The Man with the Violin by Kathy Stinson; Dusan Petricic (Illustrator)Who is playing that beautiful music in the subway? And why is nobody listening? This gorgeous picture book is based on the true story of Joshua Bell, the renowned American violinist who famously took his instrument down into the Washington D.C. subway for a free concert. More than a thousand commuters rushed by him, but only seven stopped to listen for more than a minute. In The Man with the Violin, bestselling author Kathy Stinson has woven a heart-warming story that reminds us all to stop and appreciate the beauty that surrounds us. Dylan is someone who notices things. His mom is someone who doesn't. So try as he might, Dylan can't get his mom to listen to the man playing the violin in the subway station. But Dylan is swept away by the soaring and swooping notes that fill the air as crowds of oblivious people rush by. With the beautiful music in his head all day long, Dylan can't forget the violinist, and finally succeeds in making his mother stop and listen, too. Vividly imagined text combined with illustrations that pulse with energy and movement expertly demonstrate the transformative power of music. With a postscript explaining Joshua Bell's story, and afterword by Joshua Bell himself.
One Hen by Katie Smith Milway; Eugenie Fernandes (Illustrator)Inspired by true events, One Hen tells the story of Kojo, a boy from Ghana who turns a small loan into a thriving farm and a livelihood for many. After his father died, Kojo had to quit school to help his mother collect firewood to sell at the market. When his mother receives a loan from some village families, she gives a little money to her son. With this tiny loan, Kojo buys a hen. A year later, Kojo has built up a flock of 25 hens. With his earnings Kojo is able to return to school. Soon Kojo's farm grows to become the largest in the region. Kojo's story is inspired by the life of Kwabena Darko, who as a boy started a tiny poultry farm just like Kojo's, which later grew to be the largest in Ghana, and one of the largest in west Africa. Kwabena also started a trust that gives out small loans to people who cannot get a loan from a bank.One Hen shows what happens when a little help makes a big difference. The final pages of One Hen explain the microloan system and include a list of relevant organizations for children to explore. One Hen is part of CitizenKid: A collection of books that inform children about the world and inspire them to be better global citizens.
The Orange Shoes by Trinka Hakes Noble; Doris Ettlinger (Illustrator)Delly Porter has a happy life. She needs new shoes, but doesn't really mind because she loves the soft, silky feel of the dirt road beneath her bare feet. She's a good artist, too, even if she has to make her own art supplies. And she loves her schoolteacher, Miss Violet, who lets her help in the classroom.Life only looks brighter when Miss Violet announces the school will have a Shoebox Social to help raise funds for new art materials. But when what should be a festive occasion is threatened by prejudice and cruelty, Delly finds out that one must stay true to oneself to successfully navigate life's joys and sorrows. From Trinka Hakes Noble, the author of The Scarlet Stockings Spy and The Last Brother, comes the story of a young girl who learns the most precious things in life are not measured in dollars and cents but by the warmth of one's heart. And that truth, beauty, and love are in the eye of the beholder.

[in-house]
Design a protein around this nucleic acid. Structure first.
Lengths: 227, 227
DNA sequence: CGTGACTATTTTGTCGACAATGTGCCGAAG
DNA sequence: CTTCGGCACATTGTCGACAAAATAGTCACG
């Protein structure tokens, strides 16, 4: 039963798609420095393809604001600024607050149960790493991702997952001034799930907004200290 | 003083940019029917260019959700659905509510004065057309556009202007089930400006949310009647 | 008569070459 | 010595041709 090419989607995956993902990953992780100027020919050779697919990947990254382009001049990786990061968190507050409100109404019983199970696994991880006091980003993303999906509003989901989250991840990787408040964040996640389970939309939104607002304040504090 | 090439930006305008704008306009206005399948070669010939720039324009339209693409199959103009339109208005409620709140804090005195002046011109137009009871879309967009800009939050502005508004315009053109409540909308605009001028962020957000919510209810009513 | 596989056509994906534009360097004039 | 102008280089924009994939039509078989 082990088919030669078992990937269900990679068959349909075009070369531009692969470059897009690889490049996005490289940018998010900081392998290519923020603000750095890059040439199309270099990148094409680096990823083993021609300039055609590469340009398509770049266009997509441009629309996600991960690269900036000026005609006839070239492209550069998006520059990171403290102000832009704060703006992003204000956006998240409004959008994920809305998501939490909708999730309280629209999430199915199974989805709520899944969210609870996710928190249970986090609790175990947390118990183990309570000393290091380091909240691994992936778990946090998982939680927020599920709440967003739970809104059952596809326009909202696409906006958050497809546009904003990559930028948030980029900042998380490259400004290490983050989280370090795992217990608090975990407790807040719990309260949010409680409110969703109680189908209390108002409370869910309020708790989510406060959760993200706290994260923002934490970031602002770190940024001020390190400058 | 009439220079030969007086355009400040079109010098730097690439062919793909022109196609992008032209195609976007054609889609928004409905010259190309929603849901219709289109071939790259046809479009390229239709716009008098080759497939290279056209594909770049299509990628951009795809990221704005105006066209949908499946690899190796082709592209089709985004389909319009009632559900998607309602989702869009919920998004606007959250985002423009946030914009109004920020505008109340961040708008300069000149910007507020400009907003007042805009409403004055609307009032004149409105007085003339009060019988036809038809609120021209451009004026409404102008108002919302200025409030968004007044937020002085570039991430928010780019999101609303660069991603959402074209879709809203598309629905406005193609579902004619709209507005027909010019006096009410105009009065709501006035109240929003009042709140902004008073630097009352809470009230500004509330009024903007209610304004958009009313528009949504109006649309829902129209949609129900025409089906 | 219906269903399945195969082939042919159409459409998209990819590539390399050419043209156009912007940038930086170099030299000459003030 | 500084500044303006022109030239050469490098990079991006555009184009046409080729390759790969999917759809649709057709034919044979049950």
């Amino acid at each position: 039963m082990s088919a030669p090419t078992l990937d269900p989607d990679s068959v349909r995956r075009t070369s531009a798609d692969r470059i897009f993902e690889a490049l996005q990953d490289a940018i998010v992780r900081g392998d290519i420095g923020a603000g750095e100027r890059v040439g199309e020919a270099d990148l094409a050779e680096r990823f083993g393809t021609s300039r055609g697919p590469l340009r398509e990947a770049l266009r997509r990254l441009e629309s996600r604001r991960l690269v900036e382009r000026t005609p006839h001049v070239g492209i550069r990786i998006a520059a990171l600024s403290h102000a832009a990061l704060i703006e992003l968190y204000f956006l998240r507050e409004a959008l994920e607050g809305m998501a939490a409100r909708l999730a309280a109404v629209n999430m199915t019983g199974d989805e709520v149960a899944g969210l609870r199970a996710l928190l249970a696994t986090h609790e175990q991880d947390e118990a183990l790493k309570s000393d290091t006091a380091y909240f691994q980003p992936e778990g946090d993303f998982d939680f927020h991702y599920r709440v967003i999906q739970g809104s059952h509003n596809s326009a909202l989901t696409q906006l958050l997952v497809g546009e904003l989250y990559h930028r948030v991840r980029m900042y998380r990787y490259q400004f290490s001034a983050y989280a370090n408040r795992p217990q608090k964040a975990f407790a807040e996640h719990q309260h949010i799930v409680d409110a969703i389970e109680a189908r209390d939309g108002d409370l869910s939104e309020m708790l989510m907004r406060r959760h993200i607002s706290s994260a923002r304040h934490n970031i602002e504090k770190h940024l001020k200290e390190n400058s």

Pablo Finds a Treasure by Andrée Poulin; Isabelle Malenfant (Illustrator)A poignant, simply-told story that shows the resourcefulness of poverty-stricken children around the world.Pablo and his sister spend every day at "Treasure Mountain", the local dump. There, they rummage through the mounds of garbage looking for items that their mother can sell in order to provide food for the family. Occasionally, they find a "real" treasure like some still-edible food, or a picture book, which Pablo delights in, even though he can't read. The work is exhausting, and sometimes not very lucrative, but the worst thing they have to contend with is Filthy-Face, a brutish bully who steals the finds of all the children. But one day, Pablo discovers a real treasure. Will he be able to keep it from falling into the hands of Filthy-Face? Simply written with highly expressive illustrations, this book brings home the reality of poverty around the world.
The Secret River by Marjorie Kinnan Rawlings; Leo Dillon (Illustrator); Diane Dillon (Illustrator)Hard times have come to the forest, but Calpurnia wants to turn them back into soft times. With her dog Buggy Horse and a tip from old Mother Albirtha, the wisest person in the forest, Calpurnia finds a secret river and catches enough catfish to feed the whole swamp land and even have some left over for Daddy to sell. When she tries to come back, she has to learn the lesson that Sometimes a thing happens once, and does not ever happen anymore ' This story is about living in a time of want, yet it is overflowing with riches.'
Those Shoes by Maribeth Boelts; Noah Z. Jones (Illustrator)All Jeremy wants is a pair of those shoes, the ones everyone at school seems to be wearing. Though Jeremy's grandma says they don't have room for "want," just "need," when his old shoes fall apart at school, he is more determined than ever to have those shoes, even a thrift-shop pair that are much too small. But sore feet aren't much fun, and Jeremy soon sees that the things he has -- warm boots, a loving grandma, and the chance to help a friend --- are worth more than the things he wants.